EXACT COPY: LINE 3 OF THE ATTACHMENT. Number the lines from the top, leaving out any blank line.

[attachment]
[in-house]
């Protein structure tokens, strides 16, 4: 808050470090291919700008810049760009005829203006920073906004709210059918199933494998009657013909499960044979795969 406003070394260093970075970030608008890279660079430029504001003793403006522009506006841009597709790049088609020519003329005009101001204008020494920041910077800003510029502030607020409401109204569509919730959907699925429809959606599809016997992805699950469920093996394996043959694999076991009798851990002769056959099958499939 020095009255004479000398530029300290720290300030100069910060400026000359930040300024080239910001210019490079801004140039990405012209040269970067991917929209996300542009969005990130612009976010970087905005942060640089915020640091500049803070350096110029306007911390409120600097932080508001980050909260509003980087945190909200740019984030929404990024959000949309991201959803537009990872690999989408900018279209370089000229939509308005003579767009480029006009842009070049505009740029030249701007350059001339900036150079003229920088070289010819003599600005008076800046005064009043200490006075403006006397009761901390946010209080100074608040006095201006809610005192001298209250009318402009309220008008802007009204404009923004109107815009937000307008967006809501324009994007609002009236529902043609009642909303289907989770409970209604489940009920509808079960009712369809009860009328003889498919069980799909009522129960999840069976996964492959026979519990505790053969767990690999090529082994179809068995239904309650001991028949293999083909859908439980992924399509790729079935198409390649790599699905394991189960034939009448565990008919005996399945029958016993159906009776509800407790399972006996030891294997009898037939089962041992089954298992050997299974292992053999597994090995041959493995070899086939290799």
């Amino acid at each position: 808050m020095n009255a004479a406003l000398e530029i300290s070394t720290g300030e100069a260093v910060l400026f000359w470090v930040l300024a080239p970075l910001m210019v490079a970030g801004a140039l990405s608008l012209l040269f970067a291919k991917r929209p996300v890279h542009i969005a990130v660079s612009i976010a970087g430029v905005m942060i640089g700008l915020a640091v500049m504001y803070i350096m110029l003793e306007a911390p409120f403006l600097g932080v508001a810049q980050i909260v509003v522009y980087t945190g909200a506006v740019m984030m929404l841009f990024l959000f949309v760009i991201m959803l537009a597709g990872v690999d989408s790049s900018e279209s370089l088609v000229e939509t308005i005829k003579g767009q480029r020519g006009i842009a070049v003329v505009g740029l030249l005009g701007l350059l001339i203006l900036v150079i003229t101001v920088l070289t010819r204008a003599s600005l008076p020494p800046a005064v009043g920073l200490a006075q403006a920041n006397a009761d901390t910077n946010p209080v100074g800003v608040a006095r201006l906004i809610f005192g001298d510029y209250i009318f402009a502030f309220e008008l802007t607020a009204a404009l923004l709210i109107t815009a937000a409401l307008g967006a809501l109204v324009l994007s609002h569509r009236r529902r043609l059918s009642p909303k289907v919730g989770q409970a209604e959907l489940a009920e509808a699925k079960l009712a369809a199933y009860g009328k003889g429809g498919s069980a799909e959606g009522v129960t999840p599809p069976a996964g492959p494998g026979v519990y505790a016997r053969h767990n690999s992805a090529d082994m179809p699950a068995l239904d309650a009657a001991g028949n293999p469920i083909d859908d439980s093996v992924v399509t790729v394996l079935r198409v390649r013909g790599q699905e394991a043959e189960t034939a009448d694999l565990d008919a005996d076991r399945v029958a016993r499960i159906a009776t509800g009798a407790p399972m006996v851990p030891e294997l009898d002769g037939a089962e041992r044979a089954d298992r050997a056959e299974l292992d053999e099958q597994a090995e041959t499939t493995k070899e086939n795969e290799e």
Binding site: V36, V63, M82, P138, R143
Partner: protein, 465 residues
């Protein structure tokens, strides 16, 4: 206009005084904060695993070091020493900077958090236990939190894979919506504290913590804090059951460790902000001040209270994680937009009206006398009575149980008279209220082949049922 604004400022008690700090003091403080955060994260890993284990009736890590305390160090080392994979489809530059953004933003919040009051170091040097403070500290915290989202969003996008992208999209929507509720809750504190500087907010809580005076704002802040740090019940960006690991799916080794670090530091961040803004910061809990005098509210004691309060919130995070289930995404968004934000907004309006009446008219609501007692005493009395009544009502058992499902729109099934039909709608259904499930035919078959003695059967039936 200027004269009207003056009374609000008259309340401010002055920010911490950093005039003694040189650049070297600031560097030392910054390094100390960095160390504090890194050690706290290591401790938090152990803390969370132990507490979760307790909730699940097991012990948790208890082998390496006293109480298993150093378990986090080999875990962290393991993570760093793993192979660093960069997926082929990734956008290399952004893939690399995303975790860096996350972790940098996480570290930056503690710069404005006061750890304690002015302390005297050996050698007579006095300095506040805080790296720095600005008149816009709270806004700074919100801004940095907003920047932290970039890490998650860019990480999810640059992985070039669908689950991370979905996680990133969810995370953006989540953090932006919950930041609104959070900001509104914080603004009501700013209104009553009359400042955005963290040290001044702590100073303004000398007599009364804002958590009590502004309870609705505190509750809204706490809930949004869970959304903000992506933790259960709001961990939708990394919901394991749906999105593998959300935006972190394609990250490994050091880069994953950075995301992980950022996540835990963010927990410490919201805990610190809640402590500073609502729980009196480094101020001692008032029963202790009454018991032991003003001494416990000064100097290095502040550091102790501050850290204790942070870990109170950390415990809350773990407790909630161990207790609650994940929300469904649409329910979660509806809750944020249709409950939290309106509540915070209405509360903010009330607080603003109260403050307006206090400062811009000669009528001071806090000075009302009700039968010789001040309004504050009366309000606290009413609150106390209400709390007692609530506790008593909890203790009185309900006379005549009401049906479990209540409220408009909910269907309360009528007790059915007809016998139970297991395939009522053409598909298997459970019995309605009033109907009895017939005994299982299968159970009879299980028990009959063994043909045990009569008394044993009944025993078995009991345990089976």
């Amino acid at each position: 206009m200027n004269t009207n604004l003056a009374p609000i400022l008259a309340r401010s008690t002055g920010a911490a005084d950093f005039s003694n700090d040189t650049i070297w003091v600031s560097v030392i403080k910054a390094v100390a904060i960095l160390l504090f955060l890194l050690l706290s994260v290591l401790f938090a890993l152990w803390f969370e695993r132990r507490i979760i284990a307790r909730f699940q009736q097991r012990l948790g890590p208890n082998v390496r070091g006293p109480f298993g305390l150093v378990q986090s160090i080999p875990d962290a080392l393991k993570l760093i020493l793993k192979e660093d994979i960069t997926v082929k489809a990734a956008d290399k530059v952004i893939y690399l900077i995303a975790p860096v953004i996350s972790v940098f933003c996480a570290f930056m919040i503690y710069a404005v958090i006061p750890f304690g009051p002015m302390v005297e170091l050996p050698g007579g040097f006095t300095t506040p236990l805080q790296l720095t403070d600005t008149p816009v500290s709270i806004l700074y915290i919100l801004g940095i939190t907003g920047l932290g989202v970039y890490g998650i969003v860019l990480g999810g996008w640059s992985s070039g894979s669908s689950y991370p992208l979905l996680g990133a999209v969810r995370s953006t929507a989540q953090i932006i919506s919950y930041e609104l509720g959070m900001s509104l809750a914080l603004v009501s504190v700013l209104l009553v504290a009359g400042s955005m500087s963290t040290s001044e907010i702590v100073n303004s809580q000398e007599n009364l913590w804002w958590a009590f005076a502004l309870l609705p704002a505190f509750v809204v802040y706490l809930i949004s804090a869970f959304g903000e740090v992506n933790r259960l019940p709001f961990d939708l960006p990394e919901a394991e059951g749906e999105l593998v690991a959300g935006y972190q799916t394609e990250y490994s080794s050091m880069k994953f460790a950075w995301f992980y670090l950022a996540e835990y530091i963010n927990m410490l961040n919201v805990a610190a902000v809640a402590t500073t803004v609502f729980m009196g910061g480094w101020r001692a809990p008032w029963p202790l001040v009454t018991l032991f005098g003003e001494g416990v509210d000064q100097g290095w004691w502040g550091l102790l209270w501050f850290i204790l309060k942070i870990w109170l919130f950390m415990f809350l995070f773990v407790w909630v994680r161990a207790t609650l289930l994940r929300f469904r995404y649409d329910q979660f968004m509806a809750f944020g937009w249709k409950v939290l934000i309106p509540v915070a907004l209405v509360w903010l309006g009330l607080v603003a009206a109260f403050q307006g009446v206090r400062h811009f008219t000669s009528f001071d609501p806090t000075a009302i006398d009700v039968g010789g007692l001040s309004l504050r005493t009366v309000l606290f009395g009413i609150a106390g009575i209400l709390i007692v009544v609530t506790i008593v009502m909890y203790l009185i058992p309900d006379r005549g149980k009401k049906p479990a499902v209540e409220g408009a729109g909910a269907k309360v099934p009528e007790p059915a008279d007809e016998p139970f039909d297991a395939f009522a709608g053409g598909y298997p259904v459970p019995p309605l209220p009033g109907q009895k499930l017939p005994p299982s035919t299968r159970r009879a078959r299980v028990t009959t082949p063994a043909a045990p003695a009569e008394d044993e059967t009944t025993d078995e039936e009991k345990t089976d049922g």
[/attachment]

């Amino acid at each position: 808050m020095n009255a004479a406003l000398e530029i300290s070394t720290g300030e100069a260093v910060l400026f000359w470090v930040l300024a080239p970075l910001m210019v490079a970030g801004a140039l990405s608008l012209l040269f970067a291919k991917r929209p996300v890279h542009i969005a990130v660079s612009i976010a970087g430029v905005m942060i640089g700008l915020a640091v500049m504001y803070i350096m110029l003793e306007a911390p409120f403006l600097g932080v508001a810049q980050i909260v509003v522009y980087t945190g909200a506006v740019m984030m929404l841009f990024l959000f949309v760009i991201m959803l537009a597709g990872v690999d989408s790049s900018e279209s370089l088609v000229e939509t308005i005829k003579g767009q480029r020519g006009i842009a070049v003329v505009g740029l030249l005009g701007l350059l001339i203006l900036v150079i003229t101001v920088l070289t010819r204008a003599s600005l008076p020494p800046a005064v009043g920073l200490a006075q403006a920041n006397a009761d901390t910077n946010p209080v100074g800003v608040a006095r201006l906004i809610f005192g001298d510029y209250i009318f402009a502030f309220e008008l802007t607020a009204a404009l923004l709210i109107t815009a937000a409401l307008g967006a809501l109204v324009l994007s609002h569509r009236r529902r043609l059918s009642p909303k289907v919730g989770q409970a209604e959907l489940a009920e509808a699925k079960l009712a369809a199933y009860g009328k003889g429809g498919s069980a799909e959606g009522v129960t999840p599809p069976a996964g492959p494998g026979v519990y505790a016997r053969h767990n690999s992805a090529d082994m179809p699950a068995l239904d309650a009657a001991g028949n293999p469920i083909d859908d439980s093996v992924v399509t790729v394996l079935r198409v390649r013909g790599q699905e394991a043959e189960t034939a009448d694999l565990d008919a005996d076991r399945v029958a016993r499960i159906a009776t509800g009798a407790p399972m006996v851990p030891e294997l009898d002769g037939a089962e041992r044979a089954d298992r050997a056959e299974l292992d053999e099958q597994a090995e041959t499939t493995k070899e086939n795969e290799e």